In honor of the holidays, I am posting special blog posts chronicling 12 of my favorite running races from 2012 and the somewhat funny lessons, or gifts you could say, that came from them (well…they’re funny now; at the time not so much).
On the 2nd day of running, Horsetooth Half gave to me: a 2-mile mountain.
Horsetooth Half Marathon takes places in Fort Collins, CO, in April. It was my first out-of-state race (well, Missouri is out of state, but when you live in the Kansas City area, anything in Missouri or Kansas is pretty much the same state to you…unless you’re trying to buy liquor or rooting for a sports team).
Horsetooth Half Marathon is named because one of the nearby mountains looks like a horsetooth – it has sort of a square top with a big notch in the middle of it. You actually start the race at the Colorado State University football field and slowly make your way up Monster Mountain for the first 2 miles of the race.
I’d never run a race out of state or at altitude or up a mountain. And yet I LOVED this race. Since high school when I got nicknamed Hill Master for my love of conquering hills, I’ve loved tough races with elevation. So, when I heard about this race where you run up a mountain plus end at a brewery (New Belgium Brewery, famous for their Fat Tire beer), I was like SIGN ME UP, SCOTTY! (because in addition to being a runner, I’m a huge nerd).
The week of the race worked out really well – our friends lived in Fort Collins, my boyfriend got called in to work at the Fort Collins office that week, and I had a week of vacation to burn. So I was able to be there and acclimate to the altitude a week before the race. But running at altitude is still a struggle; in addition, Colorado runners don’t mess around.
In Kansas, you have a wide variety of runners. In Colorado, they all look serious about running. I almost felt fat and out of shape compared to some of them. They were all decked out in matching name brand apparel with fuel belts or were skinny and muscular. But you can’t judge a runner by his/her cover…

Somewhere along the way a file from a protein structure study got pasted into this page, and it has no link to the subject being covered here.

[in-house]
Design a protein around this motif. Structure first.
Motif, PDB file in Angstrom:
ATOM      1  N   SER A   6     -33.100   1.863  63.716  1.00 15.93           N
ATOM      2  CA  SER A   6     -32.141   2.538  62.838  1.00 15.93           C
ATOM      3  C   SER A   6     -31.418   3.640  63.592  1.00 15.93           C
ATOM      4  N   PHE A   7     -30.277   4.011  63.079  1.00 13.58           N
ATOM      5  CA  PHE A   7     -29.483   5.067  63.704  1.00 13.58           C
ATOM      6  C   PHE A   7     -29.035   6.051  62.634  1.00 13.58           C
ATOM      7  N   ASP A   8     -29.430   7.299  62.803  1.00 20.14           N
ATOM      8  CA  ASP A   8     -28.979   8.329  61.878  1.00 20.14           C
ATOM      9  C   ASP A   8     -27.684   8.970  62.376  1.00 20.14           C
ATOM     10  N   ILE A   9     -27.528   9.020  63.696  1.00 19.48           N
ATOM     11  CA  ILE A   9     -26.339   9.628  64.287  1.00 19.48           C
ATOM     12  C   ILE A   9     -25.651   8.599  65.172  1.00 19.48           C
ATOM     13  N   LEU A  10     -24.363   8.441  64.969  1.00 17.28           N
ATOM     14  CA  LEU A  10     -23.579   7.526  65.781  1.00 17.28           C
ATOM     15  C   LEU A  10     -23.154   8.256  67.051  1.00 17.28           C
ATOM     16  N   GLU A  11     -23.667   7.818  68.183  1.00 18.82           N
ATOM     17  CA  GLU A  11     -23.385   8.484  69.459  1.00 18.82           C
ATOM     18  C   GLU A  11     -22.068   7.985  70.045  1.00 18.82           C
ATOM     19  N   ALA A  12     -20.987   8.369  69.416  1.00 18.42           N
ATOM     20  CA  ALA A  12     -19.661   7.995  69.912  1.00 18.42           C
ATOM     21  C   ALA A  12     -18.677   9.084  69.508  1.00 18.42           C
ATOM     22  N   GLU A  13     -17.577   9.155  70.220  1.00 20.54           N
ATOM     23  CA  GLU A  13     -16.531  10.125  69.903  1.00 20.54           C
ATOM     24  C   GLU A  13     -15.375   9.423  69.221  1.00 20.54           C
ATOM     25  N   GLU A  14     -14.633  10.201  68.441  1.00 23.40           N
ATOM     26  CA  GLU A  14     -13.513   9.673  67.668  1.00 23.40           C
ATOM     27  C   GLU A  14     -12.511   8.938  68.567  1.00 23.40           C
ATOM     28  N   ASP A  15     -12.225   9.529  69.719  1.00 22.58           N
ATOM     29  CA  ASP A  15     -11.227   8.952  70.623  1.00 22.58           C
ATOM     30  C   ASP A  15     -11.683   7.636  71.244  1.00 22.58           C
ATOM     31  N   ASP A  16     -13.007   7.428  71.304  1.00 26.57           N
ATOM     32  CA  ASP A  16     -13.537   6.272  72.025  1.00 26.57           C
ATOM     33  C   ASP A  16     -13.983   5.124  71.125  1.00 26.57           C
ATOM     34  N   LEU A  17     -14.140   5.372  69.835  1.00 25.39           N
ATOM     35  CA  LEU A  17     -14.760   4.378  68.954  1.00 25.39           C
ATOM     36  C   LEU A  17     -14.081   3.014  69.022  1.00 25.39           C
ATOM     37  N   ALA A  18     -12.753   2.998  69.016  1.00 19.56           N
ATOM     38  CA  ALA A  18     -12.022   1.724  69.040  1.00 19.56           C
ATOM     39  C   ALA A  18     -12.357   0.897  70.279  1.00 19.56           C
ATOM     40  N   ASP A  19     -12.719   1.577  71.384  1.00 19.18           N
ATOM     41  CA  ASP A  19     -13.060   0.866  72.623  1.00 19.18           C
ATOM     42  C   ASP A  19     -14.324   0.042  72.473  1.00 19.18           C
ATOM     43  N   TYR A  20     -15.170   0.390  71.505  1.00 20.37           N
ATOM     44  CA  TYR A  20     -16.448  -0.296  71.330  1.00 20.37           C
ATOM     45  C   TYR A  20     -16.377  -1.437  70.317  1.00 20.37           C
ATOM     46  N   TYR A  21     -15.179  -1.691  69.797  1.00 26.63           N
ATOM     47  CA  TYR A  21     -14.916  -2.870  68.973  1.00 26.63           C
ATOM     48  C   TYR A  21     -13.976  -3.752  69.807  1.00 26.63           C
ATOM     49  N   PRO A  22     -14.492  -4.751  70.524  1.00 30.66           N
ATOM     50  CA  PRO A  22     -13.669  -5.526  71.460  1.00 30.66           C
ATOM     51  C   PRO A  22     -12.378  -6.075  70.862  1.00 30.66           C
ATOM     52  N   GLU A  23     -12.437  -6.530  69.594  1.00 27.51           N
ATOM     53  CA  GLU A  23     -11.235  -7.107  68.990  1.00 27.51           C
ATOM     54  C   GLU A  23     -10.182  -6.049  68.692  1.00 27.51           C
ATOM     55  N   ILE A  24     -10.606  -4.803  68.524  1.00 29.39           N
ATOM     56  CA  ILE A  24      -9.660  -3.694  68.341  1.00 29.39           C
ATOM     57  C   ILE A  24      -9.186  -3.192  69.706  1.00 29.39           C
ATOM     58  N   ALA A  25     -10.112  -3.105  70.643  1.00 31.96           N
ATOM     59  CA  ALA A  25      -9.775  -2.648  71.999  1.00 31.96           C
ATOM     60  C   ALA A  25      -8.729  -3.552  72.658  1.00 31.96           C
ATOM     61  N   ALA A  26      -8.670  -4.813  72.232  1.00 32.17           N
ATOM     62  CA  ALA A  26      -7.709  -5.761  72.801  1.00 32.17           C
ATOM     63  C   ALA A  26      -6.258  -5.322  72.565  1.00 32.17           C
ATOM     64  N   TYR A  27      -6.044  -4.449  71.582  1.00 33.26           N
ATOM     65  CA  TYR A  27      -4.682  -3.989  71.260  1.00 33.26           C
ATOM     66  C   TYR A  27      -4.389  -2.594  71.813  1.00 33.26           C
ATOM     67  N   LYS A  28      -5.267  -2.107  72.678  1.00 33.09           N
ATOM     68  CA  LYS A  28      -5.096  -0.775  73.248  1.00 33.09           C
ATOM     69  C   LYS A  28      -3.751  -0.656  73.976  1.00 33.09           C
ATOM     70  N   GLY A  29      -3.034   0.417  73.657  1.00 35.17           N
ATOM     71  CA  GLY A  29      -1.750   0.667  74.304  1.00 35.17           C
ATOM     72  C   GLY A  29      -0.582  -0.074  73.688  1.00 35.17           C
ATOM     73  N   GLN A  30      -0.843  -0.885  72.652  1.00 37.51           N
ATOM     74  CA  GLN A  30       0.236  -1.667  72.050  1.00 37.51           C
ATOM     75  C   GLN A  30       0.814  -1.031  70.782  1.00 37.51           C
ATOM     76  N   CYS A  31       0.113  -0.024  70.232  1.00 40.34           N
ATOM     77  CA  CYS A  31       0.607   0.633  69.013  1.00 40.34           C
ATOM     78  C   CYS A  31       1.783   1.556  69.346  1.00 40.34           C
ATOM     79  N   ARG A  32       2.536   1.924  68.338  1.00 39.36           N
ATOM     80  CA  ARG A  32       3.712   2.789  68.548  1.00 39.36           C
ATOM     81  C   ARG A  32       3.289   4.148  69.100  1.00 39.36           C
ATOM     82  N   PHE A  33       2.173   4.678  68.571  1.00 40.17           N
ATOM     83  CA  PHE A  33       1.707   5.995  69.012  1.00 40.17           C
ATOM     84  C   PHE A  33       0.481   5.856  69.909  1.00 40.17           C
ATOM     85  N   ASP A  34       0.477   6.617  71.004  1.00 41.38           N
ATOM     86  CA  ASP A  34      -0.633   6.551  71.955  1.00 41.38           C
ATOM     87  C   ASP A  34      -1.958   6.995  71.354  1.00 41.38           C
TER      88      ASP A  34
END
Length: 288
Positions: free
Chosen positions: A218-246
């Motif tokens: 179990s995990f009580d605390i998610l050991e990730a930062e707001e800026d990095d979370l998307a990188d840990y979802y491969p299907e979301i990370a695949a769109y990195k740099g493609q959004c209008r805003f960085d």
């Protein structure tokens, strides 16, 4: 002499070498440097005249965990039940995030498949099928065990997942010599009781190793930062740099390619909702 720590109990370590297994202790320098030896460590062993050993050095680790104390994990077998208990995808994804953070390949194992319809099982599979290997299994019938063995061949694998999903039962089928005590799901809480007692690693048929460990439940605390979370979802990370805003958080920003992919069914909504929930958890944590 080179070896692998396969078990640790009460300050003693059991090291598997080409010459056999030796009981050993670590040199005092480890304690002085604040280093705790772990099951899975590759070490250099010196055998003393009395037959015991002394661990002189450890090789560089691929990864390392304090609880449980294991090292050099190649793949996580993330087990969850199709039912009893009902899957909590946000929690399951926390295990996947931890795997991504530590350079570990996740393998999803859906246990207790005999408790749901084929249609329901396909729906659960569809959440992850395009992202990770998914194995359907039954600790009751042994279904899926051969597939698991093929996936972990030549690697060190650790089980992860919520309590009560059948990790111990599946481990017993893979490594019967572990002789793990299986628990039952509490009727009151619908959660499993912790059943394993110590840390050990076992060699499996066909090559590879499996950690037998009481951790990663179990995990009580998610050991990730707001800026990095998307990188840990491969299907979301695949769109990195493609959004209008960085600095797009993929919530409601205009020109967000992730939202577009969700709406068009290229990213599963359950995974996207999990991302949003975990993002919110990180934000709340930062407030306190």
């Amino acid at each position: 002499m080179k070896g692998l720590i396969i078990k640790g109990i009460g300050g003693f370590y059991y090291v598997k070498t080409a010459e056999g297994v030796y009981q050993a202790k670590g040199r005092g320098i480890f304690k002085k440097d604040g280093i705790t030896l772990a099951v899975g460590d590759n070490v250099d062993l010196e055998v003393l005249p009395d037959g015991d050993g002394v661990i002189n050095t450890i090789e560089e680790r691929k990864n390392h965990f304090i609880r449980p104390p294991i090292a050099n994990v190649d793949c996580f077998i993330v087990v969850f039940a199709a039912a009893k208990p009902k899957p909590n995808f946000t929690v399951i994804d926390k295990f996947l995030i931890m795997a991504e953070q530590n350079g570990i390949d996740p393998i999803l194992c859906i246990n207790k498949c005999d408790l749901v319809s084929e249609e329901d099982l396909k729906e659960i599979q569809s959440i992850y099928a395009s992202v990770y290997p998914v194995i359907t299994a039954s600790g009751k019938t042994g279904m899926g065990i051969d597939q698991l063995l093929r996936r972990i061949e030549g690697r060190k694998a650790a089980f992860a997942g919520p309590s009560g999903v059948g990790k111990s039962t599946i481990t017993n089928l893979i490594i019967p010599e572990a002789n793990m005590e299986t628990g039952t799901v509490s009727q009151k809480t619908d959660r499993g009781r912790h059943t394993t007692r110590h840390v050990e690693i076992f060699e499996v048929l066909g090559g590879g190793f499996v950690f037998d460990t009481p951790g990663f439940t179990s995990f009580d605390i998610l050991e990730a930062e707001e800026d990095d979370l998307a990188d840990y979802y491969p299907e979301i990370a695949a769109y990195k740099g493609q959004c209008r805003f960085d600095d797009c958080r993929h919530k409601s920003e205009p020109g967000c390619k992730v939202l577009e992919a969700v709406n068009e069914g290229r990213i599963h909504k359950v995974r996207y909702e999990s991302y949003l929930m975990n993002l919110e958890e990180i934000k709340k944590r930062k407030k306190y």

Because my friend Jen and I did awesome in that race. That week she, her husband, and I ran up the steep part of the mountain three times for hill repeats (or in this case, mountain repeats). I leg pressed over 300 lbs on the leg press at the student gym and had gym rat dudes checking me out. I also ran sprints on the university track and…
felt like that slow kid in gym class. I couldn’t breathe. I’d run 10 miles of Rock the Parkway race in Kansas City, MO, the weekend before this race in 80% humidity, but I huffed and puffed in Colorado. Running in Colorado, or anywhere with a thin atmosphere, is a challenge for anyone who doesn’t live in the area.
But if you’ve been training, then running in Colorado is possible. You just have to realize it’s not going to be the same as running in your hometown. And you’re going to want strength when running up a mountain, too. But the reward and bragging rights are worth it. I felt like I had earned the title Mountain Master. Graduating from Hill Master to Mountain Master.
Running up a mountain is tough, but on race day, it’s so much easier. I tried running up the mountain by myself early in the week and failed. I had to walk. But on race day, with hundreds of people and my friend Jen, it was so much easier going up the mountain. Even my boyfriend, who’d had knee surgery 6 months before he first ran this race in 2011, was able to run up the mountain the first time without walking.
Friends, race day camaraderie, and race day ambition will help you accomplish so much more than you ever think you can do. And going outside your comfort zone is fun too. If you have friends outside your normal race area, find a race near them and enjoy the chance to visit and try a new race. You’ll grow as a runner and experience something you might never have if you’d just stayed in your area.